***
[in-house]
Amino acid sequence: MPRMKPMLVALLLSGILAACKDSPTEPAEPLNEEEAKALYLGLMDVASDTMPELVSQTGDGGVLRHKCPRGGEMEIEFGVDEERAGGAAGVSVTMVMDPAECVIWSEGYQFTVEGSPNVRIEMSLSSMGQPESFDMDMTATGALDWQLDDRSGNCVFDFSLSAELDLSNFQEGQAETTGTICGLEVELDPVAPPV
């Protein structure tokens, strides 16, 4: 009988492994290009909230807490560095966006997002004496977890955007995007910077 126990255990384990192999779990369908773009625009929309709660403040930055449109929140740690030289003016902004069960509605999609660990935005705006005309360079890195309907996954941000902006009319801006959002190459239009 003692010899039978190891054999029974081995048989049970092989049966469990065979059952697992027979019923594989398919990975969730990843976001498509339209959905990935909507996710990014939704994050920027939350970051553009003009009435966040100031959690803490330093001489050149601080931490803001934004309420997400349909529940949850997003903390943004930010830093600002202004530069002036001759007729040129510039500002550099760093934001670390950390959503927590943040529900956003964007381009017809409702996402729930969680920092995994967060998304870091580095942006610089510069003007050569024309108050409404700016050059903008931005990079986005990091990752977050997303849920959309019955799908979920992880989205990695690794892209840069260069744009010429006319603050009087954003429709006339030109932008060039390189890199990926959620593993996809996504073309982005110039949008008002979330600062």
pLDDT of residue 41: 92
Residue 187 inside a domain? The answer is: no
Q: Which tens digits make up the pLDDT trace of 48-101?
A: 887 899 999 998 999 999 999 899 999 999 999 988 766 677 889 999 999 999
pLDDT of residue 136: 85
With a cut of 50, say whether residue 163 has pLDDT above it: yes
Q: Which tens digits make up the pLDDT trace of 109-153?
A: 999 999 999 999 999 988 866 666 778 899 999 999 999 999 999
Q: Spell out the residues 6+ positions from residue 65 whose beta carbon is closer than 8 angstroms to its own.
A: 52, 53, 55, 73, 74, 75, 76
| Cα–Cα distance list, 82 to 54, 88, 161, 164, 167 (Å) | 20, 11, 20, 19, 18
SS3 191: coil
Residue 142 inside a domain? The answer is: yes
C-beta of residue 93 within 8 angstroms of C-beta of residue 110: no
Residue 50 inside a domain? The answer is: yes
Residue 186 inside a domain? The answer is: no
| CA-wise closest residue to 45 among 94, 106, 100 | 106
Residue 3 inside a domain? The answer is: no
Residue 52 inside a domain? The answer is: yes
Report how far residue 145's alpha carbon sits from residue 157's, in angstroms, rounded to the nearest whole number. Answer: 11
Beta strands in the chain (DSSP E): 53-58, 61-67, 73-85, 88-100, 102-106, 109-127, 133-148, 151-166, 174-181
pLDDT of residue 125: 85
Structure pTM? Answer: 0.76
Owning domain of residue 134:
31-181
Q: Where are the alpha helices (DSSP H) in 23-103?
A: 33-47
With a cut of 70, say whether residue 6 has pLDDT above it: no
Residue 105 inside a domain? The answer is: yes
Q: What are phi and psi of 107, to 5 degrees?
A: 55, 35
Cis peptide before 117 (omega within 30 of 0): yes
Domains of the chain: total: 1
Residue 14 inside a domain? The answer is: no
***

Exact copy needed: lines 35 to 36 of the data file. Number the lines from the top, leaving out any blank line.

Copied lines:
Cis peptide before 117 (omega within 30 of 0): yes
Domains of the chain: total: 1